ther-than-human species. But while animal advocates generally call 
themselves environmentalists, the reverse is not true. Jim Motavalli 
writes that "environmentalists tend to see the animal movement as 
hysterical, shrill and 'one note.' They're often embarrassed by the 
lab raids, the emotional picketing and the high-pitched hyperbole." If 
the rhetoric of groups like COK alienates groups with a natural 
affinity for animal issues, how can it change the mind of a 55 year 
old wealthy white woman who's always loved the look and feel of a fur 

 Although the White House simply stood silently in response to 
COK's sidewalk activities, the scene was quite different when 
Compassion Over Killing picketed Miller's Furs in early April. 
Slightly less people turned out, but the makeup of the crowd was 
similar to the one at the Pennsylvania Avenue protest; many of the 
faces were the same at both events. However, a certain contrast was 
clear; this protest was targeting a finite business operation, while 
the White House demonstration seemed to address the entire United 
States legal system as well as foreign policy. COK's call for the 
release of ALF members convicted of various felonies had an air of 
futility about it, as the activists claimed the right to break all 
sorts of U.S. laws in the name of their cause. The Miller's Fur 
protest was more of an even fight. This time the activists seemed more 
powerful, as if they were in reach of their goal to close down the 
Bethesda fur salon. Their signs had a few more incendiary phrases than 
those at the presidential protest; "Boycott Murder- Don't Buy Fur" and 
"Stop the Killers Boycott Miller's" appeared in addition to those used 
at the White House protest. The activists excitedly talked about a 
recent ALF action; the underground group had recently spray painted 
animal right slogans over Miller's windows and canopy. As they circled 
the group broke into chants directed by COK leaders, which seemed to 
add energy to the protester's message. Passing cars beeped their horns 
as their drivers waved in support, in contrast to the tepid response 
from the pedestrian traffic at the protest downtown. 

 However, with one or two exceptions those who passed by the 
fur protest on foot in Bethesda seemed to be just as hostile as those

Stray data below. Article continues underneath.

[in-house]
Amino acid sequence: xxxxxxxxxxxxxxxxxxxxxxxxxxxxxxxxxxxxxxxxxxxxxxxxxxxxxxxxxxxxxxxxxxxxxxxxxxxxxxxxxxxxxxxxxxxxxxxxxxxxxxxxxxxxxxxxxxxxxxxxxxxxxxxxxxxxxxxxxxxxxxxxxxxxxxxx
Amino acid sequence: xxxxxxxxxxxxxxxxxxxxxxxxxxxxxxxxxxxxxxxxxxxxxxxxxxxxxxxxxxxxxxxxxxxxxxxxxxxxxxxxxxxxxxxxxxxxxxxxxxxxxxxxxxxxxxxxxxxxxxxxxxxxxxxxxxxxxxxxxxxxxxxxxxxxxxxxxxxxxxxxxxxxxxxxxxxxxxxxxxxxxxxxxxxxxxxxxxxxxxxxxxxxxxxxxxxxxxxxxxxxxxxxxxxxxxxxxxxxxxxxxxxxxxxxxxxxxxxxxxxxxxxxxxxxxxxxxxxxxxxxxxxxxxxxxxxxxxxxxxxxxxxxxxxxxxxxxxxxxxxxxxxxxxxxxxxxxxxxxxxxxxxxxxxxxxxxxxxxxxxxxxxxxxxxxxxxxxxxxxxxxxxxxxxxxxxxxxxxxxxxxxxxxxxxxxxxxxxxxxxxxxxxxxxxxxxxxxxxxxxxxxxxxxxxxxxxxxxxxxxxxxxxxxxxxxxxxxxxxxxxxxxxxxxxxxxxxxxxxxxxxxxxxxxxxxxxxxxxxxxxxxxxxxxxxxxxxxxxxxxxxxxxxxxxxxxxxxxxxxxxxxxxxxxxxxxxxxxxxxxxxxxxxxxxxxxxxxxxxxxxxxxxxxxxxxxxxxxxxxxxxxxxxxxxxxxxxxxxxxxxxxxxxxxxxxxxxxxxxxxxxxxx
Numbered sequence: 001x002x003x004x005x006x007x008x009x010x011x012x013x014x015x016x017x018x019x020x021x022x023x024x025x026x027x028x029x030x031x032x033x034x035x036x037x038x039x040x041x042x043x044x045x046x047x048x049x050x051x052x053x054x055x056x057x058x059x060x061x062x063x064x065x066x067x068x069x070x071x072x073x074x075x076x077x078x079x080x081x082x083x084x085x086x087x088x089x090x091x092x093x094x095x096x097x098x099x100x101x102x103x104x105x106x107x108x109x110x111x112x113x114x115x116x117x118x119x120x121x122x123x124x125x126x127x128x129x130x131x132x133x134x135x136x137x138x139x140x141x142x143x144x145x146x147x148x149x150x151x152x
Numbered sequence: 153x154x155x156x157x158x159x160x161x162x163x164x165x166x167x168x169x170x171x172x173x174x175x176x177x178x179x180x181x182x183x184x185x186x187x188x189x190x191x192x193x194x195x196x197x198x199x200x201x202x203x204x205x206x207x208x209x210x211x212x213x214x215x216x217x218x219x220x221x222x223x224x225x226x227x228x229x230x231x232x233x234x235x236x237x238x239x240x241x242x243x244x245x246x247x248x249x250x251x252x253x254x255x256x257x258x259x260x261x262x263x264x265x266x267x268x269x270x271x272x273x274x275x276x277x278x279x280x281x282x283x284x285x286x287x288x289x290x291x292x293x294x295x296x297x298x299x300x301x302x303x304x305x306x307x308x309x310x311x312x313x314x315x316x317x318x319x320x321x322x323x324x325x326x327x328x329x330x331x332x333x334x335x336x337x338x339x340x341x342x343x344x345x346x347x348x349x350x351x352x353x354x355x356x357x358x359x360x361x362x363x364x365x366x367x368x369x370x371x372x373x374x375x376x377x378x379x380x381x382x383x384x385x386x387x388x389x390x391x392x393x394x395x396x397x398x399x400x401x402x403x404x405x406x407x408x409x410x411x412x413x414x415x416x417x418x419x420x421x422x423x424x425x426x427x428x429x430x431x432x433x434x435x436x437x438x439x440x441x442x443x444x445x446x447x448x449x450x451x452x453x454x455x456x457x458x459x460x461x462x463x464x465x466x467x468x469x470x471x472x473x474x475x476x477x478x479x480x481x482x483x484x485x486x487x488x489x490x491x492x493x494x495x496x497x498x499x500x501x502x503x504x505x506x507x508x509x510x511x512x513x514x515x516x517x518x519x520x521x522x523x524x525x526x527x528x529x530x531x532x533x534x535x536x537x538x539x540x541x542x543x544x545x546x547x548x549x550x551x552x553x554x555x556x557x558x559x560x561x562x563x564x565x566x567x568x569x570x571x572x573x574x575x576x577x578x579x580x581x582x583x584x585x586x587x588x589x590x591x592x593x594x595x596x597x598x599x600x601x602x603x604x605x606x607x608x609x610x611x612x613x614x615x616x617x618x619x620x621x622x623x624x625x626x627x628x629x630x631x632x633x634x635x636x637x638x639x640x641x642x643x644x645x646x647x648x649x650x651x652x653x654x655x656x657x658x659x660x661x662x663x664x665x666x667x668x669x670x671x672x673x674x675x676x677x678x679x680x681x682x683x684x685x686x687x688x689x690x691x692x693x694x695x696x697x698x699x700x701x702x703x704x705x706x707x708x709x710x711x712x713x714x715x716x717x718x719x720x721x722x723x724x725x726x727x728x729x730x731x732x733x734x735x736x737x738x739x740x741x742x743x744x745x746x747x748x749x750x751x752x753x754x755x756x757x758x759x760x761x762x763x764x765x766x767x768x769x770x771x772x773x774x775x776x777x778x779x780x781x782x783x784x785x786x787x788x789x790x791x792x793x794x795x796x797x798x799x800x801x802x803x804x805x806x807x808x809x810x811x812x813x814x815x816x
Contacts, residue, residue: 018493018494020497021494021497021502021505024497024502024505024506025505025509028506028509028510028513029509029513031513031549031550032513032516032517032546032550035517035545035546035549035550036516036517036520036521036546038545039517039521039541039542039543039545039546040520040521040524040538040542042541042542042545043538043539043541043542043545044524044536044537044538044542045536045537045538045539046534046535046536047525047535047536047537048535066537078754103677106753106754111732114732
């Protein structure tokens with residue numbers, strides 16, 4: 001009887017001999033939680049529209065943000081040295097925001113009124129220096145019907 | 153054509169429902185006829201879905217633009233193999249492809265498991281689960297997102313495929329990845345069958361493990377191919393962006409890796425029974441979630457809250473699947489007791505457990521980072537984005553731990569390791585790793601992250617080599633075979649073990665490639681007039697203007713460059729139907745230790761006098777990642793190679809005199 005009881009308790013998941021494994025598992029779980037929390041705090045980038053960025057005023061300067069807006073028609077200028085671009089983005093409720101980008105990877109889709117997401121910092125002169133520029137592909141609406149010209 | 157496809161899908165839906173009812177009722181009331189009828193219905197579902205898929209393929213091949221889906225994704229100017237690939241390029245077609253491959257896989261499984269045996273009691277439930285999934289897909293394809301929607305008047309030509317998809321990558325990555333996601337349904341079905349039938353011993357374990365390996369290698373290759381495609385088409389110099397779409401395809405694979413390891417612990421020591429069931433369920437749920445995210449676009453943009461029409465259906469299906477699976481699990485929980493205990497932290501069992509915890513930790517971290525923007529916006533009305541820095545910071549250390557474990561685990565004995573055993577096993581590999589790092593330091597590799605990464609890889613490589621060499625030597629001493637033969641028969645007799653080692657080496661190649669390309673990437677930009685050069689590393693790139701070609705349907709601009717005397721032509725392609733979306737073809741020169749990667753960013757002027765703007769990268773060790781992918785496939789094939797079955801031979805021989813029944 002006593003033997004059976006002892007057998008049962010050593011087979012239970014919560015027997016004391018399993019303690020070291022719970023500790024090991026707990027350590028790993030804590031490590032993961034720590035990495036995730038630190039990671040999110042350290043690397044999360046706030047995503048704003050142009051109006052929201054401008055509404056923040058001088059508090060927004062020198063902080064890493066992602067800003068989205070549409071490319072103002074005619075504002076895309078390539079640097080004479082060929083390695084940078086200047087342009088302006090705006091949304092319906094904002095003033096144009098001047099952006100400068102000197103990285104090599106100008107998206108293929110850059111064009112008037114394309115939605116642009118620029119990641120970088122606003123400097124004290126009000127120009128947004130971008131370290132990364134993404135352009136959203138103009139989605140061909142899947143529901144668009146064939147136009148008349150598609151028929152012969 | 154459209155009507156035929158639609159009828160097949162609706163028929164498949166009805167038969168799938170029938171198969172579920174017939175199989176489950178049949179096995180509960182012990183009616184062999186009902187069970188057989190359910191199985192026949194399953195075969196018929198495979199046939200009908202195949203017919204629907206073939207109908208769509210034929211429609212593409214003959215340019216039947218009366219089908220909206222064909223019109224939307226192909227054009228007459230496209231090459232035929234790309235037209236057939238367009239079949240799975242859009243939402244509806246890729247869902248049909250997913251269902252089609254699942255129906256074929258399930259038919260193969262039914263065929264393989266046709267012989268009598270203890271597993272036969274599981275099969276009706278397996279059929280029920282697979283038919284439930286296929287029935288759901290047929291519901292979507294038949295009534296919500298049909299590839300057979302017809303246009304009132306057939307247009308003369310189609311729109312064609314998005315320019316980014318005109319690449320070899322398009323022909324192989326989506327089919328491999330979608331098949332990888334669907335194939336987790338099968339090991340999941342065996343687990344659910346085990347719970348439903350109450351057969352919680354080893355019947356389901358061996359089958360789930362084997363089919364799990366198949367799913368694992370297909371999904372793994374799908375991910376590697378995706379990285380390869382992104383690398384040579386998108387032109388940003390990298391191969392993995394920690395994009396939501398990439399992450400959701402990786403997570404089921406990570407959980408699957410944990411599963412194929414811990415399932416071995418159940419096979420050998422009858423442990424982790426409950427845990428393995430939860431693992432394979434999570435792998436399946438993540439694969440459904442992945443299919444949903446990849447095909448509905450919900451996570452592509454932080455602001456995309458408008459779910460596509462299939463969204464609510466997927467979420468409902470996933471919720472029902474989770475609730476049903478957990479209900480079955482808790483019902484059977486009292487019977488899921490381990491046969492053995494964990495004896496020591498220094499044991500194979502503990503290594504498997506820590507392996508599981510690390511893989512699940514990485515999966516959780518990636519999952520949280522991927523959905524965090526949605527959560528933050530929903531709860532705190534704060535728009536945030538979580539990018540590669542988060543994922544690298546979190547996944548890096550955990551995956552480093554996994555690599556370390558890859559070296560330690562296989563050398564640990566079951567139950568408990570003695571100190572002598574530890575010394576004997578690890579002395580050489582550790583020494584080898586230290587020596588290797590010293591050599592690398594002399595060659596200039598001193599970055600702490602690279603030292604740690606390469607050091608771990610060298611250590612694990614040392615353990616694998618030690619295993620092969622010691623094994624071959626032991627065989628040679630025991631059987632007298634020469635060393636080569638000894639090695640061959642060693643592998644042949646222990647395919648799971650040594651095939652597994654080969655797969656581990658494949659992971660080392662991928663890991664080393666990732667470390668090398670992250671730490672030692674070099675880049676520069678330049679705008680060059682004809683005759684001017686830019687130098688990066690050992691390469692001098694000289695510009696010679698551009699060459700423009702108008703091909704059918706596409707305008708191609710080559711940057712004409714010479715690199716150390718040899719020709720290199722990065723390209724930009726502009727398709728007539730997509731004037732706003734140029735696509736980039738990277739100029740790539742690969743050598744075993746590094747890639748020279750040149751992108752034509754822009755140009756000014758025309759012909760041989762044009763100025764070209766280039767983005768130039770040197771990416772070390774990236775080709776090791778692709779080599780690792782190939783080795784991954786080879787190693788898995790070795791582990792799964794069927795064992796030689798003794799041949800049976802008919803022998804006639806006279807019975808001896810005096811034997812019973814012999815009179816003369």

in D.C. Some speculate that the entire concept of a fur salon picket 
is faulty, that COK just angers "people when [they] say, 'don't buy 
fur!'and makes them want to go and do it."

 The women that dared to cross Miller's threshold attracted 
every protester's attention, as they shouted "Shame! Shame! Shame!" in 
unison. As one customer left the store loud voices yelled out, "That's 
Disgusting!", "Shame!", "How'd They Get The Blood Out Of Your Coat?" 
and other slogans which were drowned out by others' hissing and boos. 
The effect was very much like that of an angry mob; tension and 
vitriolic energy filled the air. This atmosphere may release pent up 
emotion, and discourage people from buying fur in the short term, 
although in the long term it runs the risk of damaging the animal 
rights cause. A recent survey revealed that an overwhelming majority 
of Americans strongly disapprove "of protesting fur coats in a 
harassing manner." Animal advocates certainly don't need their tactics 
compared to radical pro-life groups that make abortion clinics 

 As all the activity unfolded outside their door Miller's Furs 
taped a small sign to their window that read "Medical Research Saves 
Lives." This seemed off-topic at first glance, but after visiting the 
FICA web site and reading other pro-fur literature, it was apparent 
that the sign was part of a pattern. The fur industry initially 
ignored criticism from animal rights groups and relied on their 
product's glamorous image to state their case. As the column inches 
devoted to the animal rights movement's allegations of cruelty began 
to accumulate and sales began to drop; the industry's strategy 
shifted. Fur companies began to try to draw attention away from 
themselves by pointing out the most controversial parts of the animal 
rights agenda to the mainstream society. Arguably the animal rights 
issue with the least amount of public support is medical animal 
testing. Although this topic divides the animal rights community, many 
of the movement's leaders favor total abolition of any testing on 
animals. The fur industry is only too happy to point this out to 
anyone who'll listen. 

 Compassion Over Killing and other animal rights groups are 
actively trying to change the social "rules" that prevail in this 
country. While in the short term they may not be advocating a ban on 
fur coats, COK's protests are aimed at making it socially unacceptable 
to wear fur. This effort has shown signs of succeeding, as fur sales 
have fallen almost 50% below their peak volume in 1987. However, they 
have begun to creep upwards again in recent quarters. As with every 
social movement, animal advocacy groups need to pause and reevaluate 
their public relations strategies. Perhaps it's time for organizations 
like Compassion Over Killing to cut back on their use of emotionally 
charged phrases and tacit endorsement of felonious acts a la ALF. 
Without considering these issues, COK runs the risk of marginalizing 
the group and losing its battle against fur.

Works Cited

Cowit, Steve. "Hollywood Hypocrites." Fur Age 04/06/97 11:35:32.

Feitelberg, Rosemary. "Surge in Luxe Business, Designer Participation 
Bode Well for Fur Week." Women's Wear Daily 14 May 1996: 1+.

"Freak Show Protest Falls on Deaf Ears." Fur Age> 04/06/97 11:41:16.

Fur Information Council of America. "Fur, Your Fashion Choice."

Motavalli, Jim. "Our Agony Over Animals." E Magazine Oct 1995: 28-37.

People For the Ethical Treatment of Animals. "Annual Report." 1994.

People for the Ethical Treatment of Animals. "The PETA Guide to 
Animals and the Clothing Trade."

Responsive Management. "Americans' Attitudes Toward Animal Welfare, 
Animal Rights and Use of Animals."

Riechmann, Deb. "A Harvest of Fox Fur And Anger." Washington Post 5 
Jan 1995: M2.

Shapiro, Paul. "An Interview With the Owner of Miller's Furs." The 
Abolitionist Summer 1996: 3-4.

Shapiro, Paul. Personal Communication. Bethesda, MD. 5 April 1997.

Singer, Peter. Animal Liberation: A New Ethics For Our Treatment of 
Animals New York: Avon, 1975.

Stern, Jared Paul. "Are You Fur Real?" Fashion Reporter June/July 
1996: 5-6.